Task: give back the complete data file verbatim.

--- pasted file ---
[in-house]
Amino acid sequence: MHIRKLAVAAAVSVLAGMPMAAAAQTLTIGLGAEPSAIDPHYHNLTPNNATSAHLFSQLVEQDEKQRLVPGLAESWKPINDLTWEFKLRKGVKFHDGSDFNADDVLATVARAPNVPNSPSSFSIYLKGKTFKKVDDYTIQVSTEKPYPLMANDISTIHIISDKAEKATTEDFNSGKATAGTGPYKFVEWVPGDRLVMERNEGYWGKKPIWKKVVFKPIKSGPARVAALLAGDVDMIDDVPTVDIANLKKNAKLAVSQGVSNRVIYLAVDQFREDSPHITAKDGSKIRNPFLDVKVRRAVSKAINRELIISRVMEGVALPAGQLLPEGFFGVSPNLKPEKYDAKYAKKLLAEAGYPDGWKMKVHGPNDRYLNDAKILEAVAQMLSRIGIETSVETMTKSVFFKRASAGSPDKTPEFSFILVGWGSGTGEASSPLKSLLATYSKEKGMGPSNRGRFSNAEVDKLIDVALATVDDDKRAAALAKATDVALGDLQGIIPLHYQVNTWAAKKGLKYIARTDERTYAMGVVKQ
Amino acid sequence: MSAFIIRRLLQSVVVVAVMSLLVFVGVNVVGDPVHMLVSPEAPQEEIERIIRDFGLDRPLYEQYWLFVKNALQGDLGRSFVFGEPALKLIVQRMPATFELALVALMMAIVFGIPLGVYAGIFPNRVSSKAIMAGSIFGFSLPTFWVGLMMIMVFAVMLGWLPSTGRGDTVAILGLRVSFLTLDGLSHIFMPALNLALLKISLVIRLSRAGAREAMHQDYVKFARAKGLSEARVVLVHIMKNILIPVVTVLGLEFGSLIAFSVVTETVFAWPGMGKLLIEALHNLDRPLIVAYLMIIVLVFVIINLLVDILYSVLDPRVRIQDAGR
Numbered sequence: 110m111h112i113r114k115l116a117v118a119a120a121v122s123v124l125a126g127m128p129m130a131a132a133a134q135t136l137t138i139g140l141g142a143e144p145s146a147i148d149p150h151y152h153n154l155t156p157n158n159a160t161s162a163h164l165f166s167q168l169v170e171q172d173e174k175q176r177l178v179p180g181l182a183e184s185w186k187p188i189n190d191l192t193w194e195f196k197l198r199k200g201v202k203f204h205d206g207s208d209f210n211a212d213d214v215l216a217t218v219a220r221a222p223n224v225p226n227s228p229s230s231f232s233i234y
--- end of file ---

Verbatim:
[in-house]
Amino acid sequence: MHIRKLAVAAAVSVLAGMPMAAAAQTLTIGLGAEPSAIDPHYHNLTPNNATSAHLFSQLVEQDEKQRLVPGLAESWKPINDLTWEFKLRKGVKFHDGSDFNADDVLATVARAPNVPNSPSSFSIYLKGKTFKKVDDYTIQVSTEKPYPLMANDISTIHIISDKAEKATTEDFNSGKATAGTGPYKFVEWVPGDRLVMERNEGYWGKKPIWKKVVFKPIKSGPARVAALLAGDVDMIDDVPTVDIANLKKNAKLAVSQGVSNRVIYLAVDQFREDSPHITAKDGSKIRNPFLDVKVRRAVSKAINRELIISRVMEGVALPAGQLLPEGFFGVSPNLKPEKYDAKYAKKLLAEAGYPDGWKMKVHGPNDRYLNDAKILEAVAQMLSRIGIETSVETMTKSVFFKRASAGSPDKTPEFSFILVGWGSGTGEASSPLKSLLATYSKEKGMGPSNRGRFSNAEVDKLIDVALATVDDDKRAAALAKATDVALGDLQGIIPLHYQVNTWAAKKGLKYIARTDERTYAMGVVKQ
Amino acid sequence: MSAFIIRRLLQSVVVVAVMSLLVFVGVNVVGDPVHMLVSPEAPQEEIERIIRDFGLDRPLYEQYWLFVKNALQGDLGRSFVFGEPALKLIVQRMPATFELALVALMMAIVFGIPLGVYAGIFPNRVSSKAIMAGSIFGFSLPTFWVGLMMIMVFAVMLGWLPSTGRGDTVAILGLRVSFLTLDGLSHIFMPALNLALLKISLVIRLSRAGAREAMHQDYVKFARAKGLSEARVVLVHIMKNILIPVVTVLGLEFGSLIAFSVVTETVFAWPGMGKLLIEALHNLDRPLIVAYLMIIVLVFVIINLLVDILYSVLDPRVRIQDAGR
Numbered sequence: 110m111h112i113r114k115l116a117v118a119a120a121v122s123v124l125a126g127m128p129m130a131a132a133a134q135t136l137t138i139g140l141g142a143e144p145s146a147i148d149p150h151y152h153n154l155t156p157n158n159a160t161s162a163h164l165f166s167q168l169v170e171q172d173e174k175q176r177l178v179p180g181l182a183e184s185w186k187p188i189n190d191l192t193w194e195f196k197l198r199k200g201v202k203f204h205d206g207s208d209f210n211a212d213d214v215l216a217t218v219a220r221a222p223n224v225p226n227s228p229s230s231f232s233i234y